The point, though, is not which Isaac Madonna is singing about but that she’s singing about an Isaac to begin with. Do we really want our pop stars to be God brokers, torch bearers of Testaments, Old or New? When Bono showed up at President Bush’s National Prayer Breakfast a few weeks ago, he sure seemed to think so. He stooped to God talk when he pleaded with 3M to remove policy restrictions that keep poor countries from accessing necessary medical supplies. “God will not accept that,” he said. “Mine won’t. Will yours?”
Madonna shouldn’t be singled out for her mystical awakening into the cult of the red bracelet when Bono is busy debating religious relativism with the president of the United States. But the fact that you can hear her Jewphilia on a pop station and then flip to alt-rock radio and hear Lubavitch Hasidism’s first Billboard-charting superstar, Matisyahu, demanding “Mosiach now!” on his “King Without a Crown” begs a larger question: how has Judaism become the new Christianity?
On “Roots in Stereo,” a duet between Matisyahu and Christian rap-rockers P.O.D. on the metal band’s latest Atlantic release, Testify, there doesn’t seem to be any difference between the two religions. In the song’s spliffy rude-boy blur where we’re all “the blood of God’s veins,” Jewish redemption and Christian redemption turn out to be the same thing after all.
Not that anyone seems to be listening too closely to what Matisyahu — once a Phish-following burnout named Matthew Miller who traded in his white-boy dreads for ultra-Orthodox Judaism — has been singing about. (Or for that matter, whether he’s even been on key.) He’s a Hasid on the mike! A black hat down for the boom bip! Just check the come-one-come-all circus-freak headlines: “Rebbe Rudeboy,” “Where Peter Tosh Meets Mazel Tov,” and of course, Stuff’s call to “check his circumcised rhymes.”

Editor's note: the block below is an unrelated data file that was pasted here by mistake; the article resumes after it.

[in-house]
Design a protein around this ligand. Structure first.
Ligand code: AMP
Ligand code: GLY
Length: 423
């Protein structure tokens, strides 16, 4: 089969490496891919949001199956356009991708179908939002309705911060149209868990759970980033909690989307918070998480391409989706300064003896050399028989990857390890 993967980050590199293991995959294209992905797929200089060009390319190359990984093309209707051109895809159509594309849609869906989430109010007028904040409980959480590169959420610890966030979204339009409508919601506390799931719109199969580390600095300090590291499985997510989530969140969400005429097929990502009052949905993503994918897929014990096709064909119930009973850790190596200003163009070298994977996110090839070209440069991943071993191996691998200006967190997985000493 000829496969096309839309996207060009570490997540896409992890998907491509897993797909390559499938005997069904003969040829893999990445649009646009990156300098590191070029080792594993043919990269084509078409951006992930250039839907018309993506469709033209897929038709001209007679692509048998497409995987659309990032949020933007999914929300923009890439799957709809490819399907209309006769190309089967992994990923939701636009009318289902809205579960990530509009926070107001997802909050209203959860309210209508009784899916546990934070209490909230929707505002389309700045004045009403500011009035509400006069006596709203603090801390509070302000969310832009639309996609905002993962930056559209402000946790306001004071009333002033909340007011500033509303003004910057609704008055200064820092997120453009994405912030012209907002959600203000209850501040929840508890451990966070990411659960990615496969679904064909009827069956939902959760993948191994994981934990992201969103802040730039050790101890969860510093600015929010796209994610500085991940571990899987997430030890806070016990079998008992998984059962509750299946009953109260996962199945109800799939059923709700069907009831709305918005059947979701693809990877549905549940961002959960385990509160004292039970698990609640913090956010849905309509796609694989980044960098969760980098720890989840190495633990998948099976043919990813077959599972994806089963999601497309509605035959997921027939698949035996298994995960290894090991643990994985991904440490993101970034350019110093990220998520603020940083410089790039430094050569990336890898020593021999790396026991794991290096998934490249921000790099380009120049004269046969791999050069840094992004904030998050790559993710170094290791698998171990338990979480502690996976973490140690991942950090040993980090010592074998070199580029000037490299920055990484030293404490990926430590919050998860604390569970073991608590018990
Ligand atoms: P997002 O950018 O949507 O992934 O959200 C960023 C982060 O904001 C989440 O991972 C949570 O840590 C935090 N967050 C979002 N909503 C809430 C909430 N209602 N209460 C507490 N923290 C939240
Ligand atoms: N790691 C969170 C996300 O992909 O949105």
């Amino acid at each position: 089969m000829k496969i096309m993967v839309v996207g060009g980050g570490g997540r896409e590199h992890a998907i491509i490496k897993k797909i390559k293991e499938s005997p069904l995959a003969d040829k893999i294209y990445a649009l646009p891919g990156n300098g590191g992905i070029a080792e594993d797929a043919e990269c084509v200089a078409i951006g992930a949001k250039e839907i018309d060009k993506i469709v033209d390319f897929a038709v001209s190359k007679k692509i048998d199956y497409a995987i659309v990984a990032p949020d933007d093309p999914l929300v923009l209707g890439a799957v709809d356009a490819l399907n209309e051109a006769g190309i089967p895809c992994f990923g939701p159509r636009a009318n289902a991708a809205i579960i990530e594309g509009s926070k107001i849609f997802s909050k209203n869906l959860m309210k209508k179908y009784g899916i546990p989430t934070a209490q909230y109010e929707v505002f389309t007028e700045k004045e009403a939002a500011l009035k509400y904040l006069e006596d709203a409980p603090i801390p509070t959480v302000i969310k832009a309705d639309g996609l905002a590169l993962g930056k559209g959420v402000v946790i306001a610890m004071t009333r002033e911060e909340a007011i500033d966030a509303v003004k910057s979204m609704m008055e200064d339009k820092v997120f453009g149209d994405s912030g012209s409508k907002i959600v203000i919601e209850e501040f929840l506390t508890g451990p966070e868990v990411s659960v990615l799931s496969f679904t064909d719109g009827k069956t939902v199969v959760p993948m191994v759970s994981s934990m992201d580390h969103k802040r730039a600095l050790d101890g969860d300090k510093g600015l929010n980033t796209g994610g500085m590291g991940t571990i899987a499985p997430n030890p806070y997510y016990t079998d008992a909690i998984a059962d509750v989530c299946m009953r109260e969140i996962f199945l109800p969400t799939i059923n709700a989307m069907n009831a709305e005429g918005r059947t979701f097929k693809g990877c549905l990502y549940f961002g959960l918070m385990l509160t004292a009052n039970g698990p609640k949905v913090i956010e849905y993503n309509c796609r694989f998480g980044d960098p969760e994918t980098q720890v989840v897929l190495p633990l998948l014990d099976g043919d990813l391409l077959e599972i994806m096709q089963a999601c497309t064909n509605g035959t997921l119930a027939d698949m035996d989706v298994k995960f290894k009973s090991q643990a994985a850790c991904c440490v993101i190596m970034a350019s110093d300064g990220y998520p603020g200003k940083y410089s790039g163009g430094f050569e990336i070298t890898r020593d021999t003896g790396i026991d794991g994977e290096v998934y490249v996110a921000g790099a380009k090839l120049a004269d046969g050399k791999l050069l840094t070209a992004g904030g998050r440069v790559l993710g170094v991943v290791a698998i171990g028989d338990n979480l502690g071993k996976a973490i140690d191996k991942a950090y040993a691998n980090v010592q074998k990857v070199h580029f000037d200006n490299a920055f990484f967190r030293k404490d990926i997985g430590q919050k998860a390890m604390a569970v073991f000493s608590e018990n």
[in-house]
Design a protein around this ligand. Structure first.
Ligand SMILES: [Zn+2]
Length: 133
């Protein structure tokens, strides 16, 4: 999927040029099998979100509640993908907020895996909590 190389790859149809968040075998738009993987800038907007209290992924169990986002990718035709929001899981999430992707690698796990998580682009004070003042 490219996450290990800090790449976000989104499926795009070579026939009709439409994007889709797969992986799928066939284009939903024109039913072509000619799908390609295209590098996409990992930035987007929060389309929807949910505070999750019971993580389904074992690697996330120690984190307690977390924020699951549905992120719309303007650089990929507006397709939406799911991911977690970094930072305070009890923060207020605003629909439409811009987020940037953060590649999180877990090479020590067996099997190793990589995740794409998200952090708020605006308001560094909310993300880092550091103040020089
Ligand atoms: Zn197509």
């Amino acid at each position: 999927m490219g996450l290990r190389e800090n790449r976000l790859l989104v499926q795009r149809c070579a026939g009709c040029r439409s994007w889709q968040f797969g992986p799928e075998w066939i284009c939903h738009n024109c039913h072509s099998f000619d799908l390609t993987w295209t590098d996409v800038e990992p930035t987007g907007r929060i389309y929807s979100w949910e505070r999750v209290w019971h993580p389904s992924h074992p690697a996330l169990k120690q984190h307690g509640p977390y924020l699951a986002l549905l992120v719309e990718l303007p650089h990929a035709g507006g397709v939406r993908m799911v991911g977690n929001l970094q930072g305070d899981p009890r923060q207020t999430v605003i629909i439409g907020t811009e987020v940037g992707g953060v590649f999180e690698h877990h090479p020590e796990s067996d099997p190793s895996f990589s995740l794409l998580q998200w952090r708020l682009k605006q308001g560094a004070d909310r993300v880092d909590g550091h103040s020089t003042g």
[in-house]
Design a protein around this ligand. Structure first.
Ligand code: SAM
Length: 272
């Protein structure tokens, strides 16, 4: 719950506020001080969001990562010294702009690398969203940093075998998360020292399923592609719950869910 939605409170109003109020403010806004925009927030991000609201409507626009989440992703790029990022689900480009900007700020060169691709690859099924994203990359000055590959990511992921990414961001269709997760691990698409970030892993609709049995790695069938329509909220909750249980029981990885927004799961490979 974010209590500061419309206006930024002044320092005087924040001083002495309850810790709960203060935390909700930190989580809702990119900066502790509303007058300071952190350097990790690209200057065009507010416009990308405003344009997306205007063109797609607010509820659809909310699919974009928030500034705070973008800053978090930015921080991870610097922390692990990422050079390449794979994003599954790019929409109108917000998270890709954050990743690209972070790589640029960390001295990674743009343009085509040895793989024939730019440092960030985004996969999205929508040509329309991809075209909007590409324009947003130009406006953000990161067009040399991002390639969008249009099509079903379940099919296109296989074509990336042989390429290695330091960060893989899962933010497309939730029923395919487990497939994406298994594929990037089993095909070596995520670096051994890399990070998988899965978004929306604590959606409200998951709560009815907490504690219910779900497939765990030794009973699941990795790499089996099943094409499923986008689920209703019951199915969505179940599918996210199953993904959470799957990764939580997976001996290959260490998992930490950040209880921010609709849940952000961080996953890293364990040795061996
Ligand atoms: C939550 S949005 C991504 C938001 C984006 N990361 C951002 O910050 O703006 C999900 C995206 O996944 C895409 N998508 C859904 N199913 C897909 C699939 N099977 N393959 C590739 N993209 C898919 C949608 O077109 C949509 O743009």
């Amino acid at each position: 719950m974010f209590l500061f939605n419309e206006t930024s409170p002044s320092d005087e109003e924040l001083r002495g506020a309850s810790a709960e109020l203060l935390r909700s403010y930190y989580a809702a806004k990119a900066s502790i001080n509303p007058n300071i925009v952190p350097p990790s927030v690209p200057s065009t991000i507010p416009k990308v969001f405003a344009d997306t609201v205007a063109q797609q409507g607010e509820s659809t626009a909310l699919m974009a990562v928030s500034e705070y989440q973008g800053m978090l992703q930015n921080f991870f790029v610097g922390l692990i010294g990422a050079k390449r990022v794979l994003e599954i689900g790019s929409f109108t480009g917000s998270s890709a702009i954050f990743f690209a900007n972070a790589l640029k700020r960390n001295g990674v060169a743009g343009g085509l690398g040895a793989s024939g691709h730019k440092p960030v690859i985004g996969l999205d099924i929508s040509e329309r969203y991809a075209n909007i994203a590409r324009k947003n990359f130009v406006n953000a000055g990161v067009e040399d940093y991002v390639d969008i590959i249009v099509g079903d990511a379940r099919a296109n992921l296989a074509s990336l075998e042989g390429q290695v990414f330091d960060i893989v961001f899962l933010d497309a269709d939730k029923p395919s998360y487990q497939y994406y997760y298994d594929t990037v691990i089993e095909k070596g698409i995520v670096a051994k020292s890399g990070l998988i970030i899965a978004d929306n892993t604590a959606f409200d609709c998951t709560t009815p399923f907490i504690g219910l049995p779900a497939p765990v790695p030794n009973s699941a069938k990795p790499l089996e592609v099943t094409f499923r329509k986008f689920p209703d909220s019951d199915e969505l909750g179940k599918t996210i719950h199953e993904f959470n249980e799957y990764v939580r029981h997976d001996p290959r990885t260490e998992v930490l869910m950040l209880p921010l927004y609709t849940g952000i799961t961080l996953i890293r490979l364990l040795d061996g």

Matisyahu’s novelty has overshadowed the fact that this “next-big-thing” is a convert to a hard-line, messianic branch of Judaism committed to strict interpretations of Jewish ritual and law. Lubavitcher Hasidim have their roots in late 18th-century Russia but have made the most noise in 20th-century Brooklyn under the leadership of their late rebbe Menachem Mendel Schneersohn (who many of them believe is the Messiah, due back on earth any day now). Matisyahu’s brethren aren’t just devout believers, though, they’re devout spiritual enforcers, best known for their aggressive attempts to get non-Orthodox Jews to come back to the fold and re-discover “real” Judaism. The pope has a car, the Lubavitch have vans: “Mitzvah mobiles.”
On Youth, Matisyahu’s eagerly awaited third album (out this Tuesday on Epic), there’s no listing of Orthodox law, no Sabbath candle-lighting checklist. But it is most certainly a product of someone who believes God, or G-d, is everywhere and ready to intervene. Bathed in surprisingly hollow production from Bill Laswell, Youth is loaded with standard born-again, Orthodox speak: man is weak, “the reflection of imperfection” and in need of God’s help; substance abuse should be avoided (i.e., “treyf wine clouds the heart”), and “God’s wisdom [is] revealed in a holy plan.”